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Looking for a pediatric specialty clinic? Cook Children's has more than 60 locations across North Texas, because even when your child's diagnosis is complicated, finding the right care should be simple.
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Just hearing the words cancer or blood disorder can leave you reeling from the questions in your head and the fear in your heart. Testing and diagnosis are the first steps toward answering those questions and helping to turn fears into an action plan.
Whether your physician suspects that your child has a serious illness, or your child has already been diagnosed and you are seeking a second opinion, the hematology and oncology team here at Cook Children's is here to walk you through each process and support you, your child and your family every step of the way.
The sophisticated testing and diagnostic tools at Cook Children's enable specialists to identify specific illnesses and disorders and to determine the best course or courses of care, depending on the results of the diagnoses. The types of testing your child undergoes will be determined by his or her current symptoms as well as a history of past illnesses and symptoms. Using the prescribed tests, clinical specialists will examine different body tissue and fluids to find and diagnose the cause of your child's symptoms. Testing protocols may include:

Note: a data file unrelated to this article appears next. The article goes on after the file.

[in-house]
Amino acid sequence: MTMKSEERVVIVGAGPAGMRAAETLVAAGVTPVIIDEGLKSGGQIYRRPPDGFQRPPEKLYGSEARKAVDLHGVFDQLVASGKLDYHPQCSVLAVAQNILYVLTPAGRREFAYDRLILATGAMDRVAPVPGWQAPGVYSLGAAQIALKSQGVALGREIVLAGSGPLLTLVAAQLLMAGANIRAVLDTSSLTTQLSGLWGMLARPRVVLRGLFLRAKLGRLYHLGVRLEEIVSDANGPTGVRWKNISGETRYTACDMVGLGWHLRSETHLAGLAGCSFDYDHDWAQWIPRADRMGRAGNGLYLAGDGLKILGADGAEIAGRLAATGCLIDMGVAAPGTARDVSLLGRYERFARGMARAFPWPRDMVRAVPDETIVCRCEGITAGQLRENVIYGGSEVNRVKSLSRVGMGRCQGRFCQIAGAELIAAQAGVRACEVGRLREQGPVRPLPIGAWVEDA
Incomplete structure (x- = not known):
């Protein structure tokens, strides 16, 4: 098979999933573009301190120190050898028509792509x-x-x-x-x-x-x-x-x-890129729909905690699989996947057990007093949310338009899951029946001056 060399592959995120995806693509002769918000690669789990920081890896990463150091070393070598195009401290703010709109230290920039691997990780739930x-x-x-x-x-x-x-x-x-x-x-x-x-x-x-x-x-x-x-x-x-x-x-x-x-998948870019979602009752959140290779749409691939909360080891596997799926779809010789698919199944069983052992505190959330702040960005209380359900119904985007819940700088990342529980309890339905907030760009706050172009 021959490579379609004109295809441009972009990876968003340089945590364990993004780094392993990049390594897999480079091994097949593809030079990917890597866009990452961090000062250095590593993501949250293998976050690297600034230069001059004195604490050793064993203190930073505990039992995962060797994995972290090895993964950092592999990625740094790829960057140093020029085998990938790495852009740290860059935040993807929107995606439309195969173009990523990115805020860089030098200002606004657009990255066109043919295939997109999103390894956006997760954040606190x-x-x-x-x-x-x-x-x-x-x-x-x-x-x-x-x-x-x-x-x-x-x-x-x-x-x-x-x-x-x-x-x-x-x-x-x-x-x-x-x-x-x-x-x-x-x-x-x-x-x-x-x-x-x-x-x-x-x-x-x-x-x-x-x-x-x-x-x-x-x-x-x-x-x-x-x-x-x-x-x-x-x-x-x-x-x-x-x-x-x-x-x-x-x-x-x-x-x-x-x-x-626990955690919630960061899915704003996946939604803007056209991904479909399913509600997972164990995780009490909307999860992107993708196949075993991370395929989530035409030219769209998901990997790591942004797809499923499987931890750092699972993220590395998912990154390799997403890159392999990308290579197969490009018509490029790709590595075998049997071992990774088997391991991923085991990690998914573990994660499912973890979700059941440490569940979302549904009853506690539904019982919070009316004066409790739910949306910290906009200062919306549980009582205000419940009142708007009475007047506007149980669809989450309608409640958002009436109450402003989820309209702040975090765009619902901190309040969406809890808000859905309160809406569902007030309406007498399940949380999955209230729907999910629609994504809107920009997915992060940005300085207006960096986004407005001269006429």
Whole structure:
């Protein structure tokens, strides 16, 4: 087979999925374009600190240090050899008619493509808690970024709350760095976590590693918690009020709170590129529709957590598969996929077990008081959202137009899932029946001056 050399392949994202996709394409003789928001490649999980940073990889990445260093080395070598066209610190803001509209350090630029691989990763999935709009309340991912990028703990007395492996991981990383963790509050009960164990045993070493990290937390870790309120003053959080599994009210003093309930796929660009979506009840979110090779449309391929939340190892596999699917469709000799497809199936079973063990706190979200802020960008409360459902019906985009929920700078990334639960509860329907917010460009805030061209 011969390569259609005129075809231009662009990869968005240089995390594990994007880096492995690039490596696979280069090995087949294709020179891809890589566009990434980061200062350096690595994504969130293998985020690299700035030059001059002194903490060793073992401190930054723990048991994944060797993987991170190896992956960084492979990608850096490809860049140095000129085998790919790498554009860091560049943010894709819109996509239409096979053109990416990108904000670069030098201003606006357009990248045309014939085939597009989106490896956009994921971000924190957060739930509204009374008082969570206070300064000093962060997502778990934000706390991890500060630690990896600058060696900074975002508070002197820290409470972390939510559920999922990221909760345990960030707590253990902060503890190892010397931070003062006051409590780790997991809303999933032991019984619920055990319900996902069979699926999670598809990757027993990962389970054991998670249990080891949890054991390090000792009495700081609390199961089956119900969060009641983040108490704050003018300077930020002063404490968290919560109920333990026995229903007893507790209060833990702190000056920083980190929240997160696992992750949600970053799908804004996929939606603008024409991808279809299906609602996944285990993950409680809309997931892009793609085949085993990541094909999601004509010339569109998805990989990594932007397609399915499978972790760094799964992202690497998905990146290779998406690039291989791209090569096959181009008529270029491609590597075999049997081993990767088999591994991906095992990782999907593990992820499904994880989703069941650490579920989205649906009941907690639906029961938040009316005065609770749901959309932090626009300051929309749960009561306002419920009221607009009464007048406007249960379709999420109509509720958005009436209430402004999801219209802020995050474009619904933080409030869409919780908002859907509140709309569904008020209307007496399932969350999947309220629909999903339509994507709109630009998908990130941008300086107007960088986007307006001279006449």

An exam of the body to check general signs of health, including checking for signs of disease, such as lumps or anything else that seems unusual. A history of your child's health habits and past illnesses and treatments will also be taken, as well as a family history.
A test in which urine is collected for 24 hours to measure the amounts of certain substances. An unusual (higher or lower than normal) amount of a substance can be a sign of disease in the organ or tissue that makes it. A higher than normal amount of the substances homovanillic acid (HMA) and vanillyl mandelic acid (VMA) may be a sign of neuroblastoma.
A procedure in which a blood sample is checked to measure the amounts of certain substances released into the blood by organs and tissues in the body. An unusual (higher or lower than normal) amount of a substance can be a sign of disease in the organ or tissue that makes it. Your child's blood may be tested for red and white blood cell counts, blood sugar levels, toxins, antibodies and a variety of illnesses and disorders related to diabetes, infection, cancers, anemia, hemophilia, liver function and a wide variety of blood-related ailments.